cleansing flight is something bees do when staying in the hive for long periods. It basically means they leave the hive to relieve themselves. They only do this on warm days.

Honey Harvest

Since you’re most likely managing your hive box by box instead of by individual combs, you can harvest the honey this way also. Before removing the top box though, you will have to remove the bees.

When removing the bees from a Warré hive, you can use something called an escape board. There are various designs available and they allow the bees to travel further down into the hive without returning.

You simply slip the board in between two boxes and leave it for 24 hours. If you leave the board for longer, the bees will figure out how to come back.

After 24 hours, remove the top box and take out the bars. Cut the comb from the bars using a knife or any other tool.

You can then crush the comb and let it strain in a mesh bag. The great thing about Warré hives is that they don’t require an expensive honey extractor. The downside is that it takes a while for the honey to fully strain.

How Much Do Warré Hives Cost?

A Warré hive is actually very easy to build yourself. It doesn’t require other materials than what you can find at a building supply store.

The price of a Warré hive depends on where you buy the hive, what style you choose and, of course, the size of the hive. As a general idea, you should look at spending around $200 for a basic hive, without any of the accessories.

Pros and Cons

As with any beehive, the Warré hive has its good and bad features. The Langstroth is currently the most popular beehive in North America; however, the Warré is gaining in popularity. The low maintenance and natural methods are drawing many to this beehive.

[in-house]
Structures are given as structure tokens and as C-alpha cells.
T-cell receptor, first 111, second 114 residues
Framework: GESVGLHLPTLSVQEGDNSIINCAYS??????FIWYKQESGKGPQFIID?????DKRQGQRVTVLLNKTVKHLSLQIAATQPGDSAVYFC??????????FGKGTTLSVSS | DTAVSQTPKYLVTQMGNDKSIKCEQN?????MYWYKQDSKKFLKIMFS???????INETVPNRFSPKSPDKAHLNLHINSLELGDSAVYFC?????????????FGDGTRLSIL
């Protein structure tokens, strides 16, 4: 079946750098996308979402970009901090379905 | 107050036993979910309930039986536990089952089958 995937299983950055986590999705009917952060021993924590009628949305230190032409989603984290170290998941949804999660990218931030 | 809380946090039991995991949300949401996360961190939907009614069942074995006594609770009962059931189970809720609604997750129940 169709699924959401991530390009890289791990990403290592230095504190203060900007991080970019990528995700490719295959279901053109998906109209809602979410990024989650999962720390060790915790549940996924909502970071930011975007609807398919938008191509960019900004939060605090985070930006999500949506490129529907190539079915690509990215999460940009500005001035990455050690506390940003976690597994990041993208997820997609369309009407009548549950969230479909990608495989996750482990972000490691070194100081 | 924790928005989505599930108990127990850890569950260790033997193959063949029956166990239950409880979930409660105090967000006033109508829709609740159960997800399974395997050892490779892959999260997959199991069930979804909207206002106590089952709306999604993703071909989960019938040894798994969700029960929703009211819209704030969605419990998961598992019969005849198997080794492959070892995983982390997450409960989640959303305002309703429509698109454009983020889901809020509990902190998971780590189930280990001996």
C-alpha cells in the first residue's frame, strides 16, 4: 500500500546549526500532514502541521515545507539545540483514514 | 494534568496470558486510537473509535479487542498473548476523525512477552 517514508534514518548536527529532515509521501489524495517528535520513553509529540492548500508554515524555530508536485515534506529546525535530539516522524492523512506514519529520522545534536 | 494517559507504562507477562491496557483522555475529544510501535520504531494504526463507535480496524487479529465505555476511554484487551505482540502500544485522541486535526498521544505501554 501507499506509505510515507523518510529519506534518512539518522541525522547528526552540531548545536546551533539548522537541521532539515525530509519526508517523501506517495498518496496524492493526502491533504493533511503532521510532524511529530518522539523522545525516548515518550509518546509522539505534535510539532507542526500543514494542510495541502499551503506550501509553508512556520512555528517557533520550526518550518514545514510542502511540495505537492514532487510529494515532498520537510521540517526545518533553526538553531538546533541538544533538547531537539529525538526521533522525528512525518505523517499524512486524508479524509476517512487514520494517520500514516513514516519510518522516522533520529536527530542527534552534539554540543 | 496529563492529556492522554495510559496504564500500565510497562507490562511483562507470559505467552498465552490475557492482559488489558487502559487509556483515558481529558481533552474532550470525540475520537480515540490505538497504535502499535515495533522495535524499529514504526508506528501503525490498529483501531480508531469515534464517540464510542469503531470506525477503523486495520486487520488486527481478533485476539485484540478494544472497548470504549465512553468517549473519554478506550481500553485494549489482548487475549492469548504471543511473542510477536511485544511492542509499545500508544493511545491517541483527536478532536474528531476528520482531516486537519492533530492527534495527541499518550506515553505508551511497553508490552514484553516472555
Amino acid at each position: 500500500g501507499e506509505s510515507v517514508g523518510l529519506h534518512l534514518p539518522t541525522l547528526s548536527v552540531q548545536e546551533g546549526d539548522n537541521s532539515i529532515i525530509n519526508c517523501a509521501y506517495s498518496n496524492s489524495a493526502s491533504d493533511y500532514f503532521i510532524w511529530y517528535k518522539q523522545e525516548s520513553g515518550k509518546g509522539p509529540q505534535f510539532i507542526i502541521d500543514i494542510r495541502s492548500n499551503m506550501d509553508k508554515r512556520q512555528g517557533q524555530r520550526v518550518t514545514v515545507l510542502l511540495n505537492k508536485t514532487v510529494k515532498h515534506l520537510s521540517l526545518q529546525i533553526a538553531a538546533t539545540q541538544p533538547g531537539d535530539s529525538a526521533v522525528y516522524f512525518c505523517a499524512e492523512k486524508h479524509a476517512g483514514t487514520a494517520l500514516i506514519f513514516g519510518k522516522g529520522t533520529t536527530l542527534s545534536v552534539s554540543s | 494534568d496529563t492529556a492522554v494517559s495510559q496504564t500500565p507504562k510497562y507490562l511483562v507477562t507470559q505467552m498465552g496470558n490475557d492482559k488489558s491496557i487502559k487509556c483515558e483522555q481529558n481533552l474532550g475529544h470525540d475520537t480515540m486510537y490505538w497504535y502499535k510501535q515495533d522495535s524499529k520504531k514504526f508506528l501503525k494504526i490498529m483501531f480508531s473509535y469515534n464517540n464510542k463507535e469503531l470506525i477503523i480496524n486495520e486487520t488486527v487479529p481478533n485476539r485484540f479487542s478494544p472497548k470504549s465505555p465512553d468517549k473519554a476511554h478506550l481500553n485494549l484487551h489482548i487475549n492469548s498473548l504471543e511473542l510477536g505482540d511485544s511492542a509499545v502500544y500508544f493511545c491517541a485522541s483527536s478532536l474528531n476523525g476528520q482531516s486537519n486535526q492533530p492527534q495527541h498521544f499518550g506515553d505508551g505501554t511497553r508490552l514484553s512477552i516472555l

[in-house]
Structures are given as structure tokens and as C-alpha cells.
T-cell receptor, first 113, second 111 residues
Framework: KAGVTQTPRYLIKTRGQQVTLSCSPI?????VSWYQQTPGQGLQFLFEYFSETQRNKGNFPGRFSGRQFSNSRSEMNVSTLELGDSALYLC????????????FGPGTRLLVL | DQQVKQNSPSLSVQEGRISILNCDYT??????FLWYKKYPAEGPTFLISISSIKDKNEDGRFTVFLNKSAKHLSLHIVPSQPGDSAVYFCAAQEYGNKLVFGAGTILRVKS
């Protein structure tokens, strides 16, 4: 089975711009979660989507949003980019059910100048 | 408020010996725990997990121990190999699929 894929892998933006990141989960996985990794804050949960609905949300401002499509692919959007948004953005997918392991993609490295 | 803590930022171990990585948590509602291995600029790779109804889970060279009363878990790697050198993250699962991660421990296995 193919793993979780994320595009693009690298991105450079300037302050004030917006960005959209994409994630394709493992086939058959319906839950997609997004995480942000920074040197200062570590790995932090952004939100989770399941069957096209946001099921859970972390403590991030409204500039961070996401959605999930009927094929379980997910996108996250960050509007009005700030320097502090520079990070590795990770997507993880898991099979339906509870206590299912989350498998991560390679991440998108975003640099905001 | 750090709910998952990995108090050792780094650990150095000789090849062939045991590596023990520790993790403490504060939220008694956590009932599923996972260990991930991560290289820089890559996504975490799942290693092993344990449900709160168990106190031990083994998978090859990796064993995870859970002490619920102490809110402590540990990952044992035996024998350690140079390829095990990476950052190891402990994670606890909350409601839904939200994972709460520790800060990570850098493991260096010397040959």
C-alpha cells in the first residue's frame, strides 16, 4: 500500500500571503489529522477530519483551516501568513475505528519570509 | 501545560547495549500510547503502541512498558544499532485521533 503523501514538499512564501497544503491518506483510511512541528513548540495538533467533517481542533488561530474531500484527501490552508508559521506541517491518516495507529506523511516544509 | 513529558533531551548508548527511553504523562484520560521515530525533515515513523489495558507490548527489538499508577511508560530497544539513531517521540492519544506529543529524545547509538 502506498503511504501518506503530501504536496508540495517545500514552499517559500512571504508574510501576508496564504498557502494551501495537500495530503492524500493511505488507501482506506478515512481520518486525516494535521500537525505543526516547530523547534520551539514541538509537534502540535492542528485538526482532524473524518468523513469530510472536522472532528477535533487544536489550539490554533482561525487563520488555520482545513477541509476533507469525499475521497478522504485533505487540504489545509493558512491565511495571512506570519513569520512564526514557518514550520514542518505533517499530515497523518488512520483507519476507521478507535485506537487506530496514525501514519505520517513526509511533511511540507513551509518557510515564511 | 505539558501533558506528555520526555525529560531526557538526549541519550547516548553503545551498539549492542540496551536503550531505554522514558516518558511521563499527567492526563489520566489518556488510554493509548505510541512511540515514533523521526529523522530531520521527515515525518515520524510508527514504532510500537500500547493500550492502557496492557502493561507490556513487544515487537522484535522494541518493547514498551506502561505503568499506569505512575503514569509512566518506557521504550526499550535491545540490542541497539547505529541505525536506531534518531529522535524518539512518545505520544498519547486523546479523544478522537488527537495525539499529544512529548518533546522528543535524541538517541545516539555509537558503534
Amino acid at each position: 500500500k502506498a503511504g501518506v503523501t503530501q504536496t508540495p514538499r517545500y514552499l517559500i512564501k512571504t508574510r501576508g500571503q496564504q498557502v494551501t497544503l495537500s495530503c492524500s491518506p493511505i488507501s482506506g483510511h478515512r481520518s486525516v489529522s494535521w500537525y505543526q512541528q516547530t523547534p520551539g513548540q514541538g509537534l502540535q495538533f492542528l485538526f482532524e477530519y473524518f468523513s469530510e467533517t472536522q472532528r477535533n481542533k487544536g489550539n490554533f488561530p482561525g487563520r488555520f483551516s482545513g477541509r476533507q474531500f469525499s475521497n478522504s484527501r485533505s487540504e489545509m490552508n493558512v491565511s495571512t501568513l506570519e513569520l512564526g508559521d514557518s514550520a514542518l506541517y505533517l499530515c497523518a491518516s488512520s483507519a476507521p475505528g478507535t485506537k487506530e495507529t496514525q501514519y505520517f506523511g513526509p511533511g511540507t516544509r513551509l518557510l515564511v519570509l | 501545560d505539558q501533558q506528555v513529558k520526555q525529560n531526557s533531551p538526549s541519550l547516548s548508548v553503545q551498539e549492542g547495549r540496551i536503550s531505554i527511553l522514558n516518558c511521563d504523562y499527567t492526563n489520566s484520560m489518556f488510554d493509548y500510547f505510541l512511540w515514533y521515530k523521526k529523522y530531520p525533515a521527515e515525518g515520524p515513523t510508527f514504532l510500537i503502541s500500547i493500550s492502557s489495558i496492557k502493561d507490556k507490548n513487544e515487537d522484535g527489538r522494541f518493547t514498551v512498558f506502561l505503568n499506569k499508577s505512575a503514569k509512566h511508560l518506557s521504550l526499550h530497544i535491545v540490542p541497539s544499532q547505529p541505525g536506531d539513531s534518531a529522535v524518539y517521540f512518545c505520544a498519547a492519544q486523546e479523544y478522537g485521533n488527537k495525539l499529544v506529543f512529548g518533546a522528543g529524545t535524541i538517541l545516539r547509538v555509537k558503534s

• Provides the bees with a natural way to build their comb.
  • Size of the boxes is very similar to those that wild bees prefer.
  • It doesn’t require constant maintenance or monitoring, but when you do, you can check the whole box.
  • The Warré hive has a beautiful design that blends in with nature.
  • A Warré hive is easy to build yourself.
  • Honey is easily harvested and doesn’t require any expensive tools.


  • Honey production is a bit slower, some beekeepers even recommend to not harvest the first season. This is to help the bees build up their supply.
  • Adding boxes cannot be carried out single-handed and requires help from one or two people.
  • Since the comb is naturally built (foundationless), it’s also more fragile. It can be difficult to handle for new beekeepers.


The Warré hive is a great choice for natural beekeeping enthusiasts. It gives you the chance to see how bees build their comb in nature, while profiting on the delicious honey. The hive’s creator, Emile Warré, wanted his beehives to be as simple as possible so that everyone could enjoy beekeeping.